Alchemy is a small boutique brand from Golden, Colorado, and it’s their mission to deliver not only top bikes, but also individual, comprehensive customer service. The Arktos 150 X01 in this test is the most potent full-suspension bike in their portfolio.
For an overview of the test fleet head to the group test: North America’s Finest – 7 models in review
Alchemy was founded in 2008 in Golden, Colorado, and now consists of a small team of 9 people. The American brand has a wide range of bikes in their portfolio, from road bikes to gravel rigs and mountain bikes. The frames are made either of carbon or titanium, and most bikes are built locally in Colorado – but not the Arktos, which is manufactured in Asia. Every Alchemy bike comes with a 30-day ride guarantee, meaning that you can return the bike within a month of purchase if you don’t like the bike, without having to justify your decision – although you have to pay a $400 handling fee. Alchemy are a direct to consumer brand and ship their bikes worldwide, directly from their HQ in Golden. Shipping is free within the USA, while Canadian customers have to pay an additional $ 300. Alchemy don’t offer shipping to locations outside of North America at the moment.
While the Arktos might be the only full-suspension mountain bike in Alchemy’s portfolio, it’s effectively three bikes in one – it’s available in three variants with either 125 mm, 140 mm or 150 mm of travel, built around the same frame. Our Arktos 150 retails at $ 7,499 and is the most potent model, combining 170/150 mm of travel and tipping the scales at just 14.9 kg in size L. When purchasing the bike from Alchemy’s website, you can add a few very useful accessories, like a travel conversion kit consisting of an additional fork and shock, a 27.5″ rear wheel for a mullet conversion, and a complete RideWrap protection kit for the whole bike. Custom paint finishes are also an option, if you like to have something unique.
The Alchemy Arktos 150 X01 in detail
The Alchemy Arktos 150 relies on an elegant design language with straight lines and a slim swingarm. At first glance, it could be mistaken for a Yeti, because the two bikes share a similar shock layout and swingarm design. That said, the Arktos’ rear suspension is basically a twin link platform, which employs two links to connect the main frame triangle to a rigid swingarm. The lower link is very short, and moves first up and then back down as the bike progresses through its travel. As a result, the shock rate is regressive at first, then progressive, and then regressive again. Since the shock rate resembles a sine curve, Alchemy call this design SINE Suspension.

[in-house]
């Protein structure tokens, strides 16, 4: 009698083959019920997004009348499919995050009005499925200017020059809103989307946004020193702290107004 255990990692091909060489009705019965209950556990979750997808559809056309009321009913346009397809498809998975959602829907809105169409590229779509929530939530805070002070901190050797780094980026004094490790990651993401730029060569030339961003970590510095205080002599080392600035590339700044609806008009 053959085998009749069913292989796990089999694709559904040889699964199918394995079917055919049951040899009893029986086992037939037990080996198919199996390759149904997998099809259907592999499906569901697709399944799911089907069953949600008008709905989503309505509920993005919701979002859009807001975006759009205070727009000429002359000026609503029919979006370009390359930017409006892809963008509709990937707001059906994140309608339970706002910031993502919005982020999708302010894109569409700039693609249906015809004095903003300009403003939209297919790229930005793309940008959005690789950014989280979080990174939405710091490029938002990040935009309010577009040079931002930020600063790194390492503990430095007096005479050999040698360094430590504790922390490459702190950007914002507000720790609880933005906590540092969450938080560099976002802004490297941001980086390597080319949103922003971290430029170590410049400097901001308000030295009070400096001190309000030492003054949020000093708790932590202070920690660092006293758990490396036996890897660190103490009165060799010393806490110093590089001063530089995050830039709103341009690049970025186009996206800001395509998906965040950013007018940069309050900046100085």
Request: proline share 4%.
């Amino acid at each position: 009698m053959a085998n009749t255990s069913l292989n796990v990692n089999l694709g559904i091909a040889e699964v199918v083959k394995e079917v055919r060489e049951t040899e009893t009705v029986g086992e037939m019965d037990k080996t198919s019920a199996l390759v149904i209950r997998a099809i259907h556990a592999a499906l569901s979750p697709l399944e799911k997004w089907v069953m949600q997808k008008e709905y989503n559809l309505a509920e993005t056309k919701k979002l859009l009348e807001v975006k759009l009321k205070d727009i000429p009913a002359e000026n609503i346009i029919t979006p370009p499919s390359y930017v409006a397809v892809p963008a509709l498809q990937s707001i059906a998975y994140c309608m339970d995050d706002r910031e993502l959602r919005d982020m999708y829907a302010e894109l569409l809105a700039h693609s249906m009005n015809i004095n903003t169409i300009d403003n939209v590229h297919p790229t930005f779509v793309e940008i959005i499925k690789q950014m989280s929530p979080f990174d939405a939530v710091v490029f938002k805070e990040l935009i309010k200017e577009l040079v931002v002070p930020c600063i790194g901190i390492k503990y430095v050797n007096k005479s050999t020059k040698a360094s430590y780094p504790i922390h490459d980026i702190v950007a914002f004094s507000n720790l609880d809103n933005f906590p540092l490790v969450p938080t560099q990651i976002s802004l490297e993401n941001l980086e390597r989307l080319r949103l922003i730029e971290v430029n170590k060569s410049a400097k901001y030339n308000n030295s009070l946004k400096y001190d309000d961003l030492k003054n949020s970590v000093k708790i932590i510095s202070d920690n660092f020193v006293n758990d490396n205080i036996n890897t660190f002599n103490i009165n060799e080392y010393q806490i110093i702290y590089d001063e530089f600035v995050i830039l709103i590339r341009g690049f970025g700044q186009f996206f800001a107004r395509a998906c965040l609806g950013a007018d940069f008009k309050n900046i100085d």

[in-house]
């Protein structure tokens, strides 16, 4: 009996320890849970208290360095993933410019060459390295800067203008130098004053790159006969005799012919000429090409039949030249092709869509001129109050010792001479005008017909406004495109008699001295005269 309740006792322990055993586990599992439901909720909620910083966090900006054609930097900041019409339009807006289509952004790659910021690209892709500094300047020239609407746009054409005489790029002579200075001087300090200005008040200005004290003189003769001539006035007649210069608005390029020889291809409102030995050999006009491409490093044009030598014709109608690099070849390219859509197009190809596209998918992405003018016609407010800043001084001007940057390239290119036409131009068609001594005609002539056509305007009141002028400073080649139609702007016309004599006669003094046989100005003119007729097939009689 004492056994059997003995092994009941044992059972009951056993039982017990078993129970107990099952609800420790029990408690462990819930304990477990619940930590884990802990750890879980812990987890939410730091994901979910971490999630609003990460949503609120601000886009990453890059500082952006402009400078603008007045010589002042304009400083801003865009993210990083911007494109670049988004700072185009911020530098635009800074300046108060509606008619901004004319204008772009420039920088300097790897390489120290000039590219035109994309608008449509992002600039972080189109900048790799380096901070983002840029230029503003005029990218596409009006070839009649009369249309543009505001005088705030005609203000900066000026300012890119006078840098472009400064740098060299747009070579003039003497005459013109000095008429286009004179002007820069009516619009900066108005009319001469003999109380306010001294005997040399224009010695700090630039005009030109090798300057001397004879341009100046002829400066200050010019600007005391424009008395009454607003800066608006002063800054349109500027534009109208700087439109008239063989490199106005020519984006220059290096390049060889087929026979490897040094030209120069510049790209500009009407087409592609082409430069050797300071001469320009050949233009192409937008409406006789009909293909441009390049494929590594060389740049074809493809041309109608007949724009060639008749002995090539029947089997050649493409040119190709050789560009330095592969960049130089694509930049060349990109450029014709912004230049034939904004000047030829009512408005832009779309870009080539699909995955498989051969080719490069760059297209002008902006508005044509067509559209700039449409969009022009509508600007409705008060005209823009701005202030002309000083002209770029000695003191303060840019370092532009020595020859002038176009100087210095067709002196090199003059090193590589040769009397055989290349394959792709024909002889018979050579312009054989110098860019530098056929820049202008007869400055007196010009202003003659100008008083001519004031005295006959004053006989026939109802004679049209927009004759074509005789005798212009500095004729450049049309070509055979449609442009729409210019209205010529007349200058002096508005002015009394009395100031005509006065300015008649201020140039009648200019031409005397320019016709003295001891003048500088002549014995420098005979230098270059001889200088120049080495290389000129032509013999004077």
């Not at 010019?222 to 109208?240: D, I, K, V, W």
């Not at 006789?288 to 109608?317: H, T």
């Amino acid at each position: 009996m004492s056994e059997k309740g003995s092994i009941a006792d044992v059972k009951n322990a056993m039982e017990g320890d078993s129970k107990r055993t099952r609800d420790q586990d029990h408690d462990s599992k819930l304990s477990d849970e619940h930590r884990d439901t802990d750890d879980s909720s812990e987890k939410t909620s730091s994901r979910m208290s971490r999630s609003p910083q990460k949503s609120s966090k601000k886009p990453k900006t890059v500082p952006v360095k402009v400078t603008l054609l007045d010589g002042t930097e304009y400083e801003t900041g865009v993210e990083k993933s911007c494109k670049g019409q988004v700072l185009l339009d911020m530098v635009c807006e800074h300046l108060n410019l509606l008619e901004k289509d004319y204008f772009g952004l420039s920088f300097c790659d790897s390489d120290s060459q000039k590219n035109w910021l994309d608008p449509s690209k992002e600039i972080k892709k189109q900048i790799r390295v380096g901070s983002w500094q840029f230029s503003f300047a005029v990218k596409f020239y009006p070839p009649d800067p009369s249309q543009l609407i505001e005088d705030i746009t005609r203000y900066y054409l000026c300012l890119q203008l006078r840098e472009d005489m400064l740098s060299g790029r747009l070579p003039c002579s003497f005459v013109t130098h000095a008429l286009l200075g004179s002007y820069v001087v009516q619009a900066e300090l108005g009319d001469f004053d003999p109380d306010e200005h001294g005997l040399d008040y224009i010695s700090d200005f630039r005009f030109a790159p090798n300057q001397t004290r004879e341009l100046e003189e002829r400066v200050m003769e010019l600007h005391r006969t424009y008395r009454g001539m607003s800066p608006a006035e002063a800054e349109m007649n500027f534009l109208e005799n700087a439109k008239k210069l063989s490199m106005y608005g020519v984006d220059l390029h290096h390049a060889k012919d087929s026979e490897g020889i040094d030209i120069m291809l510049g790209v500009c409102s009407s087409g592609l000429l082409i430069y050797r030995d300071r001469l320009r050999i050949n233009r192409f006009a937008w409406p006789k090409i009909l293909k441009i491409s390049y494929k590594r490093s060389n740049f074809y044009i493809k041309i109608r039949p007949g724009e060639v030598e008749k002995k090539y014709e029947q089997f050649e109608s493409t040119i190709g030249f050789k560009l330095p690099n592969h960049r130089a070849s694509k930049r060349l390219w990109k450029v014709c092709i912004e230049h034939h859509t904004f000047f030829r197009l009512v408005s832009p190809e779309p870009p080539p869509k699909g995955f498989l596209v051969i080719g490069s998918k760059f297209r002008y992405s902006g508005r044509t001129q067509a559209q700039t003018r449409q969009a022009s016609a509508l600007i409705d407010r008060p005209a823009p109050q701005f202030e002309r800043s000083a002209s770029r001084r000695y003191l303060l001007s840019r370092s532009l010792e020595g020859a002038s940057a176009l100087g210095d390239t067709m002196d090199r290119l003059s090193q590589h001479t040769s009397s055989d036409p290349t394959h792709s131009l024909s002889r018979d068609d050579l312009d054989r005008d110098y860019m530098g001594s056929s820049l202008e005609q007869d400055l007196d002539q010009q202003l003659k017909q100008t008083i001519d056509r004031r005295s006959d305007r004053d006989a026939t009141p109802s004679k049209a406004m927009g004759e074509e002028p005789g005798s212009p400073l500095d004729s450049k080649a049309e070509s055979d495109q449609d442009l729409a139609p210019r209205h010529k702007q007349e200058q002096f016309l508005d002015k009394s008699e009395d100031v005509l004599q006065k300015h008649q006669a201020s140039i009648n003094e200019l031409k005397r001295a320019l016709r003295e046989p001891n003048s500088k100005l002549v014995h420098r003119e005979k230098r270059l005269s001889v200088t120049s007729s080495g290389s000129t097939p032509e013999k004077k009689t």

The cables of the Arktos 150 are routed internally and disappear into the frame on the side of the head tube. The down tube comes standard with a small plastic protector and two mounting points for bottles and tool straps. While this might not be the ideal place to fit a second mounting point, it’s better than not having one. The chainstay protector is rather thin but covers a large are of the chainstay, preventing paint chips and chain slap.
The spec of the Alchemy Arktos 150 X01
The Alchemy Arktos is available in four spec variants, which differ only in the brakes and drivetrains. All models rely on FOX Factory suspension, consisting of a 38 mm fork and matching FLOAT X2 shock, which both offer countless adjustment options and deliver a tremendous performance on the trail. Fox also supply the Transfer dropper post, which, at 175 mm, offers too little travel for an enduro bike in size L, even though the long, straight seat tube should allow you to push even long-travel droppers all the way into the frame. On our test bike, SRAM CODE RSC brakes with a 200 mm rotor at the front and 180 mm disc at the rear do stopping duties. That said, the rear rotor is too small for such a potent bike, overheating far too quickly on long, technical trails – we recommend upgrading to a bigger rear rotor! SRAM also supply the drivetrain, which consists of a bling X01 rear derailleur/shifter combo and a cheaper GX cassette and chain. That said, the GX components are only slightly heavier, and still deliver a top performance on the trail. For the cockpit, Alchemy rely on Californian moto specialist TAG Metals, who supply both the stem and the carbon handlebars. The markings on the stem and handlebars make it easy to adjust the cockpit – very practical! The Industry Nine Enduro S Hydra wheels come in the wider Superboost standard, which is supposed to ensure better stability but also makes it harder to source spares. MAXXIS take care of the tires, combining an ASSEGAI at the front and Minion DHR II at the rear, though these are both in the paper-thin EXO casing and harder dual rubber compound. The thin casing is far too flimsy for a potent enduro bike, so we recommend upgrading to more robust tires with a tougher casing like MAXXIS’ Doubledown. While you’re at it, you could upgrade the front tire to a softer MaxxGrip rubber compound for more traction. A nice detail of the Arktos is the chain guide, which is branded with the company’s logo.
With its versatile frame platform, the Alchemy Arktos can be converted into a short travel or mullet bike.
Alchemy Arktos 150
Fork FOX 38 Factory GRIP2 170 mm
Rear Shock FOX FLOAT X2 Factory 150 mm
Seatpost FOX Transfer 175 mm